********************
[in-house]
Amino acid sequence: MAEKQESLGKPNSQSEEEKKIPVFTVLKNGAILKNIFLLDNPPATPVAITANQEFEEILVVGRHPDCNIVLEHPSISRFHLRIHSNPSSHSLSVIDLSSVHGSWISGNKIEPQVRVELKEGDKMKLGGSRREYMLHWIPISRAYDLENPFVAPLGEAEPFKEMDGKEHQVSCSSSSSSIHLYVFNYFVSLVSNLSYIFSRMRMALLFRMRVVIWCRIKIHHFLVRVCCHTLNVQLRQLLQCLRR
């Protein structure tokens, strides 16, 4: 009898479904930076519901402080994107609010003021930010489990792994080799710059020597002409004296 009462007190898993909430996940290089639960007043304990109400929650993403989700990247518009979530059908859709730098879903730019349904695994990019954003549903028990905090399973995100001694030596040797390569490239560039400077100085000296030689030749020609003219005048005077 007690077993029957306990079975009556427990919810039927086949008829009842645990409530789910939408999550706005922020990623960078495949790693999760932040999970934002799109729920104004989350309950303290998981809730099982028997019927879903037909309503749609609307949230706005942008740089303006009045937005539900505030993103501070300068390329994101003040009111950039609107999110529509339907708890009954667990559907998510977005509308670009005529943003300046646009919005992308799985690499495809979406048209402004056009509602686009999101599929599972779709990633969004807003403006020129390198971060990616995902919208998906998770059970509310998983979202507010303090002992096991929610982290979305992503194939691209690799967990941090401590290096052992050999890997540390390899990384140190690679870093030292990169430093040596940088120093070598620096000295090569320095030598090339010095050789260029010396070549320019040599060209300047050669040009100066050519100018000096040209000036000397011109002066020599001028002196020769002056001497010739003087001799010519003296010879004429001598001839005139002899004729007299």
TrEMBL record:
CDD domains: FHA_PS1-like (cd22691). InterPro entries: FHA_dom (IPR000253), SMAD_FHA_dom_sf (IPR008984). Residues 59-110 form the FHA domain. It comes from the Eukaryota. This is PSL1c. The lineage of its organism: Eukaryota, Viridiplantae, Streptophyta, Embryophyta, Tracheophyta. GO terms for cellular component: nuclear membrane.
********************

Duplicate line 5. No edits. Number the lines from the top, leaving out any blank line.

CDD domains: FHA_PS1-like (cd22691). InterPro entries: FHA_dom (IPR000253), SMAD_FHA_dom_sf (IPR008984). Residues 59-110 form the FHA domain. It comes from the Eukaryota. This is PSL1c. The lineage of its organism: Eukaryota, Viridiplantae, Streptophyta, Embryophyta, Tracheophyta. GO terms for cellular component: nuclear membrane.